Note: A section of this article starting at Paragraph 7 was amended for accuracy after publication
The European Commission has today laid out its final definitions for what will count as climate-aligned under its green taxonomy, just hours after it agreed an EU Climate Law that commits the bloc to cutting emissions by 55% by the end of the decade.
A Delegated Act has been released outlining criteria and thresholds for business activities that support the EU’s climate goals – both in terms of reducing Europe’s carbon emissions, and managing extreme weather events and other symptoms of global warming. It also lays out the ‘do-no-significant-harm’ criteria for climate, biodiversity, waste, water and the circular economy.
The plans have been at the centre of a dramatic – and very public – tug of war in recent weeks, between environmental experts, governments, politicians and industry lobbyists. Leaked drafts earlier this month showed that the Member States and trade bodies had swayed the Commission at the last minute to include fossil-based gas in its plans. Coal has been off the table since early on in the negotiations, having been excluded during the creation of the taxonomy's basic legislative agreement (known as Level 1). Other conventional energy sources were expected to be filtered out subsequently, and were ruled out by the EU’s official advisors on the Technical Expert Group for Sustainable Finance last year.
However, both gas and nuclear have crept into the technical rules (known as Level 2) recently, prompting nine of the Commission’s green advisors to publicly threaten to quit two weeks ago. This was followed by an open letter from Nathan Fabian, Chief Responsible Investment Officer for the Principles for Responsible Investment and head of the EU’s advisory group, citing “deep concerns about the environmental soundness of recent technical screening criteria [regarding] economic activities related to fossil fuels, forestry and bioenergy”. The letter urged the Commission to stick to “a science and evidence based taxonomy”.
Speaking at a press conference today, Valdis Dombrovkis, Vice President of the Commission, said: “This has not been an easy task, and I can frankly say that on no other issue have I seen such wide ranging positions, opposing views and approaches. We had to bridge those differences.”
“Now I believe that we have produced a balanced and ambitious proposal that will be a template for Europe’s green future. It will help companies and investors identify and communicate about green activities across all sectors of the economy… And it will be the basis for setting reliable labels and standards for financial products.”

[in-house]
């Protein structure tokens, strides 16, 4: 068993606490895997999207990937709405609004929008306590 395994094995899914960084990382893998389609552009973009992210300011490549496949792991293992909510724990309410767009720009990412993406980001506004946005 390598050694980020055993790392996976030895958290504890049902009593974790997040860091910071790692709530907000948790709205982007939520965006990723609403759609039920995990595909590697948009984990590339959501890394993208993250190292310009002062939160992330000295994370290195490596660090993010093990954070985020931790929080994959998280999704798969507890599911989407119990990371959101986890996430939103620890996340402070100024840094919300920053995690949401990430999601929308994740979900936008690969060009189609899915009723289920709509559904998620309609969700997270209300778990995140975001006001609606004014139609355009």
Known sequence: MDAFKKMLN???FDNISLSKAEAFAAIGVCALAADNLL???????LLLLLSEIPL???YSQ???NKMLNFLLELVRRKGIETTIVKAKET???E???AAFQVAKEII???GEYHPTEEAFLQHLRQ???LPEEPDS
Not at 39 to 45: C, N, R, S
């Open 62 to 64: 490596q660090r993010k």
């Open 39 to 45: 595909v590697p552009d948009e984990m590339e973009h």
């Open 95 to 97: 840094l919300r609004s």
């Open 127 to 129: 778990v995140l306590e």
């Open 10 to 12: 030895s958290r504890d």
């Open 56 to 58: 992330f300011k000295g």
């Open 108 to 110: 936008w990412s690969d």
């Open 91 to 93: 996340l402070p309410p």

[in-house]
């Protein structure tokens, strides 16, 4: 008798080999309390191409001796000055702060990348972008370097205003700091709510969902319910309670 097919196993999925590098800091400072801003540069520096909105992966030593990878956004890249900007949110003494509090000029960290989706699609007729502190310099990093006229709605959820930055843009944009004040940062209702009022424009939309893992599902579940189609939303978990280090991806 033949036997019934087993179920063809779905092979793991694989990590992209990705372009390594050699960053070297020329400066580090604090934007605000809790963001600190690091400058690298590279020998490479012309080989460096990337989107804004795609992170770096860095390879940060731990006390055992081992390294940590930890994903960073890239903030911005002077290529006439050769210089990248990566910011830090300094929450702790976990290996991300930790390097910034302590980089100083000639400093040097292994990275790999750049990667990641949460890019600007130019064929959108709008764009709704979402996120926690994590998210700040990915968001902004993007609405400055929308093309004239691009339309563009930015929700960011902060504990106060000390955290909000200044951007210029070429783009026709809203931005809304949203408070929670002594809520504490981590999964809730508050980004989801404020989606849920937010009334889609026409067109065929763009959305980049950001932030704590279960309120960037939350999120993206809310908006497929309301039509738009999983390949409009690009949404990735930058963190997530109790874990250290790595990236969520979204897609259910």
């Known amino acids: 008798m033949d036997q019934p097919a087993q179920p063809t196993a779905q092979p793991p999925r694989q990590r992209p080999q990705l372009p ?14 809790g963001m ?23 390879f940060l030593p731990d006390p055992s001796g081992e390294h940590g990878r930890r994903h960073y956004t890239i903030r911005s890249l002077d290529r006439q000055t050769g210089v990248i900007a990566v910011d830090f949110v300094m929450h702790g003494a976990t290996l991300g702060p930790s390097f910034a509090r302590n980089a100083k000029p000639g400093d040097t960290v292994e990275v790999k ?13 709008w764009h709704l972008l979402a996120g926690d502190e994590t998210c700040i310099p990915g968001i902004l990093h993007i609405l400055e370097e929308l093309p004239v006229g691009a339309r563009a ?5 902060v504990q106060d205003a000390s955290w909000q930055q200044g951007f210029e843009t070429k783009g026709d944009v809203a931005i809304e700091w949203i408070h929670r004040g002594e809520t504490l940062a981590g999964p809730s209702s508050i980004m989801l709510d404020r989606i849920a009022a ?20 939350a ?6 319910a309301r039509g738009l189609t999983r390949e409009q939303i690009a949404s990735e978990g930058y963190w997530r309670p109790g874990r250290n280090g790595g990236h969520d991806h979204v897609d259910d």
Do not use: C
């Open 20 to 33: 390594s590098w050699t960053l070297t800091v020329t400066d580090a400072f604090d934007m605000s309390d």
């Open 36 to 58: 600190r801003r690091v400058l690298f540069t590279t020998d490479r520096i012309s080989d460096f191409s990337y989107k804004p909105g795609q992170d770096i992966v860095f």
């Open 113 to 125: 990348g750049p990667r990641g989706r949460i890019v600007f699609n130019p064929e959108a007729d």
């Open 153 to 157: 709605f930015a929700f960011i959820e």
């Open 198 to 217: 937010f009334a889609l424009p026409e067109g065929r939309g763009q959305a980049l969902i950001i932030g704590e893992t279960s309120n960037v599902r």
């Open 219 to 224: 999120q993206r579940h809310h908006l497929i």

For now, gas and nuclear remain out of the taxonomy, but the Commission will review this later in the year. On forestry, small improvements have been made relating to the size thresholds for projects, but broadly the technical screens remain the same, as do those for bioenergy.
In a statement today, Fabian said the platform of experts he leads will “study the adopted criteria to understand where they deviate from expert recommendations, and the evidence used to support these changes”.
There will now be a four-month period in which the European Parliament and Council can veto the proposals, but this is considered highly unlikely as it would require prohibitively large majorities.
Alongside the launch of the taxonomy rules, the EU also released six Delegated Acts to amend existing rules on investor duties and investment advice to incorporate sustainability.
The other big move was the long-awaited overhaul of the Non Financial Reporting Directive, which will now be known as the Corporate Sustainability Reporting Directive. That will significantly widen the number of companies required to report sustainability data. Crucially, all companies covered by the Directive are also covered by the taxonomy regulation, meaning that – if the proposals get the green light – many more companies will now have to provide taxonomy-aligned information to investors, making compliance with the rules easier. For more on the new Directive, see here.
The UK has also moved forward with its green taxonomy for the first time since plans were announced for its creation in November. Yesterday, the UK’s City Minister and Economic Secretary to the Treasury, John Glen, confirmed that the government is forming a Green Technical Advisory Group to advise it on implementing a national taxonomy. Members of the group have not yet been decided, but it will be co-chaired and coordinated by the Green Finance Institute (GFI) – a partnership between the Government and the City of London set up in 2019.
“The Green Technical Advisory Group will be a group of experts tasked with providing independent, non-binding advice to Government on how to effectively implement a taxonomy in the UK, including sector specific technical expertise where needed,” GFI said in a statement. “As a first step, the Green Finance Institute will provide independent advice, in consultation with industry, on the group’s membership and its work plan.”